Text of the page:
MAC: Mines and Communities

Friedland and Rio Tinto: washing their hands of Burma, while the dirt still clings

Published by MAC on 2007-04-02

Friedland and Rio Tinto: washing their hands of Burma, while the dirt still clings

2nd April 2007

It must be one of the most castigated mines in the world: the Burma-based Monywa copper venture of Robert "Toxic Bob" Friedland's Ivanhoe Mines has been condemned for more than a decade - by the international mineworkers' union, the ICEM, Amnesty Canada, and a raft of human rights' organisations worldwide.

The company tried to sell off it s 40% holding in the mine two years ago - but no one came up with the cash.

So, what chance is there that anyone else will fork out, now that Ivanhoe has put the asset on the market once again? And why has it done so now?

The reason is obvious (and was foreshadowed on this site back in October 2006, when few others seemed to be listening. See:

A condition of Rio Tinto's investment in Ivanhoe last October was that Friedland’s outfit should divest itself of its Burma holdings. The UK company's key strategy was to secure a key position in Ivanhoe's Oyu Tolgoi copper-gold project in Mongolia. But Rio Tinto was also conscious that any involvement in Burma under the current murderous regime would be a severe embarrassment to it - especially when, ten years ago, its chairman had vowed "never to invest in Burma while the military is in power."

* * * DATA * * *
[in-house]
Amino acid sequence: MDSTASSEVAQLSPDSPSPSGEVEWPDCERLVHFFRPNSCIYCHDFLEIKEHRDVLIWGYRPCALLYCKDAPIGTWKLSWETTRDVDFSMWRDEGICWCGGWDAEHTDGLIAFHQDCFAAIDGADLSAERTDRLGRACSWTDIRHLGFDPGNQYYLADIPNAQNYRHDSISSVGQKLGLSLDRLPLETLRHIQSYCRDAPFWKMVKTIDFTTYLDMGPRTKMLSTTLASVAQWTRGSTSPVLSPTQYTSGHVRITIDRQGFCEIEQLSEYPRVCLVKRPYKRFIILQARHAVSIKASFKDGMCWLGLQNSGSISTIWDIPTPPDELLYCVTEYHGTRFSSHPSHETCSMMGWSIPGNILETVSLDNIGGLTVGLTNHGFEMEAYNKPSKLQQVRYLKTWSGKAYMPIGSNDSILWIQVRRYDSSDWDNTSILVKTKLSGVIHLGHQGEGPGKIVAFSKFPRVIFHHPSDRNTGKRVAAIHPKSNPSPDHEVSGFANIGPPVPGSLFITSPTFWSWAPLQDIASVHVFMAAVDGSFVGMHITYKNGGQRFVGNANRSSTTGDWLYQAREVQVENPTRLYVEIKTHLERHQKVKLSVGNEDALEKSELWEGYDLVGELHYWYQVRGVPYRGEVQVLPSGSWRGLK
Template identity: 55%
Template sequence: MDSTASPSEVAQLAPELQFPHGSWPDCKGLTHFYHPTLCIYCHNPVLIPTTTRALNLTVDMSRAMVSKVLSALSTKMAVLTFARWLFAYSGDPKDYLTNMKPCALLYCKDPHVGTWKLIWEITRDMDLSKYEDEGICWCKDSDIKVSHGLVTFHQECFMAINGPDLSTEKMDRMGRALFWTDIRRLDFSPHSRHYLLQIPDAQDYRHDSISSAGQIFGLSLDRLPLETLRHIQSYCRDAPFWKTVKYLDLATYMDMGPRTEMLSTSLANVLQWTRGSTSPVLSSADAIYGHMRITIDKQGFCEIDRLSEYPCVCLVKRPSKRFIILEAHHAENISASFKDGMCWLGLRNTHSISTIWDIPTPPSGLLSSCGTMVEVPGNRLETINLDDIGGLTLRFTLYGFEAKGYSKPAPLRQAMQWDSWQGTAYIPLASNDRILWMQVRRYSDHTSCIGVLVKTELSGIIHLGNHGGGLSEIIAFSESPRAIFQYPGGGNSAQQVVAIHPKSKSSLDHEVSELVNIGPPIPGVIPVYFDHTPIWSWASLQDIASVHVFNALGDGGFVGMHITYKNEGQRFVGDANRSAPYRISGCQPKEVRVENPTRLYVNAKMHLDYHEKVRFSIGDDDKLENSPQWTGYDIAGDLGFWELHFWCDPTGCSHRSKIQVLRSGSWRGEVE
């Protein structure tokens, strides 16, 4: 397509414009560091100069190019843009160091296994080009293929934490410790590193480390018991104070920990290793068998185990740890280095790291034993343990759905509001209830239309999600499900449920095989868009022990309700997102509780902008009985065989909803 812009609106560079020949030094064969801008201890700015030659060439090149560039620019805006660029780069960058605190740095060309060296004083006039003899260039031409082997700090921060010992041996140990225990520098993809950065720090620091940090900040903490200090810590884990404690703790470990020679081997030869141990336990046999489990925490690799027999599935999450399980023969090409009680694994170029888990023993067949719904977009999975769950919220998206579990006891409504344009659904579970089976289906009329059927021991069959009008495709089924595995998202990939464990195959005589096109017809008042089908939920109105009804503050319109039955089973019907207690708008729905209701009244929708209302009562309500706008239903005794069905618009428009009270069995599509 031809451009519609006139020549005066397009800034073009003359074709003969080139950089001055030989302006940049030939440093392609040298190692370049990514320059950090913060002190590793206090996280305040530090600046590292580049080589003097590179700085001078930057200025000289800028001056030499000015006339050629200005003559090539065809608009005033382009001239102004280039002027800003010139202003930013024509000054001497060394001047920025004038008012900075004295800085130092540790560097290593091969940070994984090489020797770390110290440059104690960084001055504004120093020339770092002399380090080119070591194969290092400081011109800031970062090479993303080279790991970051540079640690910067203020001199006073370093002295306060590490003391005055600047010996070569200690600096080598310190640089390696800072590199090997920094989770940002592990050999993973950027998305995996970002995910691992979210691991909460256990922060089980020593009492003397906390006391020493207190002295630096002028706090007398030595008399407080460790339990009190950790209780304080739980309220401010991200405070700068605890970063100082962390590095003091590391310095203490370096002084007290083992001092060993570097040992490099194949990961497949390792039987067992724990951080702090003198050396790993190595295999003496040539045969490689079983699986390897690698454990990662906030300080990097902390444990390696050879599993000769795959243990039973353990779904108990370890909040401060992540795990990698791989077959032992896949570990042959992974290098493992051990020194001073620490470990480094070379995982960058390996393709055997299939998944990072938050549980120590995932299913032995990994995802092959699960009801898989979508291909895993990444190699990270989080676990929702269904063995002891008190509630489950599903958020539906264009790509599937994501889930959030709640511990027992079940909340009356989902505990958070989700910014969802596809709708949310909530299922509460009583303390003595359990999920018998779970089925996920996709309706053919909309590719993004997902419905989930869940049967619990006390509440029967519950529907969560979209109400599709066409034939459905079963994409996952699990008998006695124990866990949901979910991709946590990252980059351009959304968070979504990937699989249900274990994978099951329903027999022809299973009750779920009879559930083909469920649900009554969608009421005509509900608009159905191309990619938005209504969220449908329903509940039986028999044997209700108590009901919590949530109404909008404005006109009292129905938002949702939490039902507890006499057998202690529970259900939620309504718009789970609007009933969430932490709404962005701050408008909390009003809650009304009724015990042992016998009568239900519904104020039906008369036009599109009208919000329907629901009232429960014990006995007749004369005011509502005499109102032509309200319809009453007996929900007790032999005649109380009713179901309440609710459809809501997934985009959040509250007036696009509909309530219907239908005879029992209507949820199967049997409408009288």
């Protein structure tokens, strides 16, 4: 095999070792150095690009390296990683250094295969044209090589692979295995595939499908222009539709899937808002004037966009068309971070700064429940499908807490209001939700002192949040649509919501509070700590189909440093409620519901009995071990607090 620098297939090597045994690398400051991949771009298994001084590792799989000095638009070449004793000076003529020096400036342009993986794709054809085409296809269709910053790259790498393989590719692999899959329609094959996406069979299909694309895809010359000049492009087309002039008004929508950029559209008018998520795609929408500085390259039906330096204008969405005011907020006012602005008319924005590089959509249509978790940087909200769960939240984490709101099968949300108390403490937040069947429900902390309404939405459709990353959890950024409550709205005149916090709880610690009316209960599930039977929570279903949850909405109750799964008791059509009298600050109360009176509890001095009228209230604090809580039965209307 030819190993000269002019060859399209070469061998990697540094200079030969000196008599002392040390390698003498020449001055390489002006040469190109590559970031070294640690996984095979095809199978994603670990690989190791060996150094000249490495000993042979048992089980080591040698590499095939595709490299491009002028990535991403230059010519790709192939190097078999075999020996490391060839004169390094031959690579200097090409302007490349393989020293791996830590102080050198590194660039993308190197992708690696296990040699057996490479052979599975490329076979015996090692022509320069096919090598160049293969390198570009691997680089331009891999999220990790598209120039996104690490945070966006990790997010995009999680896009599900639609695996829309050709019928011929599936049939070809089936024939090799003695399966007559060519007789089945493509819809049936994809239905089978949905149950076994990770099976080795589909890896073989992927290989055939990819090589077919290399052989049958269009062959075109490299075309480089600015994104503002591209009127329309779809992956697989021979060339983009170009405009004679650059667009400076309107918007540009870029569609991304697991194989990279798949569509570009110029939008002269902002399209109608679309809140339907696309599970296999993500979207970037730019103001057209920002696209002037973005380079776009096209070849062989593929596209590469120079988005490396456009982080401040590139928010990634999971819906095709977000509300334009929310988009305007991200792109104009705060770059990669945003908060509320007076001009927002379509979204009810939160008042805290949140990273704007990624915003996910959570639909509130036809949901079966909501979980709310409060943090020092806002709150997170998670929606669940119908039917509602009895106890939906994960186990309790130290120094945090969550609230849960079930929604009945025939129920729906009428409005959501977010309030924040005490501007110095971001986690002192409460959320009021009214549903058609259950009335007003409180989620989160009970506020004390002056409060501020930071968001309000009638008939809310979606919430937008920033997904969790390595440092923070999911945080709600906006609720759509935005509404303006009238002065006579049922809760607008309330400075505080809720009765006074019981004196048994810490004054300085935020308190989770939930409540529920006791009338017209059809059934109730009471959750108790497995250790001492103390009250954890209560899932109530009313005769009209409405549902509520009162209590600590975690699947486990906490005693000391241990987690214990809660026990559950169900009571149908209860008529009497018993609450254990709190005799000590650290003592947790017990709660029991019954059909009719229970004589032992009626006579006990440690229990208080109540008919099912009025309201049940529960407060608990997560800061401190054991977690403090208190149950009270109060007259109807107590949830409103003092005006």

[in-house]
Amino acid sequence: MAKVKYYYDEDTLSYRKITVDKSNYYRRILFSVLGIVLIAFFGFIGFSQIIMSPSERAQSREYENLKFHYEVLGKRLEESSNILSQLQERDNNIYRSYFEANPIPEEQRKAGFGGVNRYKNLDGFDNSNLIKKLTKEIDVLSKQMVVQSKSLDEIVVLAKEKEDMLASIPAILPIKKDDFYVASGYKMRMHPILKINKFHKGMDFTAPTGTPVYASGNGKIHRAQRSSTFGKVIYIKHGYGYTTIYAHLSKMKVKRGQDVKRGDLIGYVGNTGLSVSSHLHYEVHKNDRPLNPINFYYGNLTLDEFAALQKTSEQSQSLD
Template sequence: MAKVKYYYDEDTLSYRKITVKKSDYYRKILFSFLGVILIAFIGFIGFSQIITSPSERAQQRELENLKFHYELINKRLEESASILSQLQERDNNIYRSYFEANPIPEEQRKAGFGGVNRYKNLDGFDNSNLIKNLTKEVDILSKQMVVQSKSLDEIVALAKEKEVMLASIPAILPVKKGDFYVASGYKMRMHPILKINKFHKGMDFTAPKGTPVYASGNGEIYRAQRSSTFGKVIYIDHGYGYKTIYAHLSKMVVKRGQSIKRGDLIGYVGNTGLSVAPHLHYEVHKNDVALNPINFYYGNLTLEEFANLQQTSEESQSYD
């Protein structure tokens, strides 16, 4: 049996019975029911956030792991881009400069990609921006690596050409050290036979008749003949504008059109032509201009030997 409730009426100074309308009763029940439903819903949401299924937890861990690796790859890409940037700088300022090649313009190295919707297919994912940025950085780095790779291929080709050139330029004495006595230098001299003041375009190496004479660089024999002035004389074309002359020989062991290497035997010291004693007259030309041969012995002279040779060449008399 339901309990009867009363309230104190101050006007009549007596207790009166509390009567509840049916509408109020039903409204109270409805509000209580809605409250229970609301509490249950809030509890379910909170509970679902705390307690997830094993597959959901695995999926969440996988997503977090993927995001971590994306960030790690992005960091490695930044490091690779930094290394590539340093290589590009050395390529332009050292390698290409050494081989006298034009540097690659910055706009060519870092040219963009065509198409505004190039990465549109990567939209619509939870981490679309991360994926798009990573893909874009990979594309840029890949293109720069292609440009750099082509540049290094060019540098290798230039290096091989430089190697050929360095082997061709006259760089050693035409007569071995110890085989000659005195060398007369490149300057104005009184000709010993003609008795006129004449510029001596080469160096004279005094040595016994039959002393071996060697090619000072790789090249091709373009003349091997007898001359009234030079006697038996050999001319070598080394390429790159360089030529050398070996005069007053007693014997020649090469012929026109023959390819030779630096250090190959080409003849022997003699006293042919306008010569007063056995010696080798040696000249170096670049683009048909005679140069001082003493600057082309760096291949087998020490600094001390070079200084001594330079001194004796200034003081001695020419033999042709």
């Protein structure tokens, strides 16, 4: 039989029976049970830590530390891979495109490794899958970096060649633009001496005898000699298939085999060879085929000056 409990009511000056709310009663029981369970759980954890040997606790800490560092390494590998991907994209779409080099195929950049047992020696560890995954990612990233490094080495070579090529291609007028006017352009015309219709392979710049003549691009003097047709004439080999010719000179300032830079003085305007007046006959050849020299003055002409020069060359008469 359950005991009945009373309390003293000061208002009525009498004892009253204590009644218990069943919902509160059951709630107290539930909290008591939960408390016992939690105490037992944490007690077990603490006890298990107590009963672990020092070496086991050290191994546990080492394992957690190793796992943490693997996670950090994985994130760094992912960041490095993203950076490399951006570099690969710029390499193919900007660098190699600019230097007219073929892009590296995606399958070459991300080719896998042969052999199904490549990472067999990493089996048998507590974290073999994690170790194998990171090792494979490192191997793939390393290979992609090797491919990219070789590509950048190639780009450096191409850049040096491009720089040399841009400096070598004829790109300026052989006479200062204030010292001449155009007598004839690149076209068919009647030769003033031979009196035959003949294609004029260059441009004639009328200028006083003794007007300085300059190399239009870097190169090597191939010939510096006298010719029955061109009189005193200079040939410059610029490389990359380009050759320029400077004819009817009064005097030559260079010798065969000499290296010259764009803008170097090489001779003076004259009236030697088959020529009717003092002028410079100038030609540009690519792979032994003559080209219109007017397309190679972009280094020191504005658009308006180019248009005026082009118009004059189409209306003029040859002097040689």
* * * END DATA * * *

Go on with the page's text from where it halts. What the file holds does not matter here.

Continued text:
In fact, Rio Tinto acquired nearly 10% ownership of Ivanhoe more than five months ago - and thus has already broken its pledge.

Who will manage Monywa while the new "independent trust" scouts for new buyers?

Clearly Ivanhoe will continue to do so - backed implicitly by Rio Tinto

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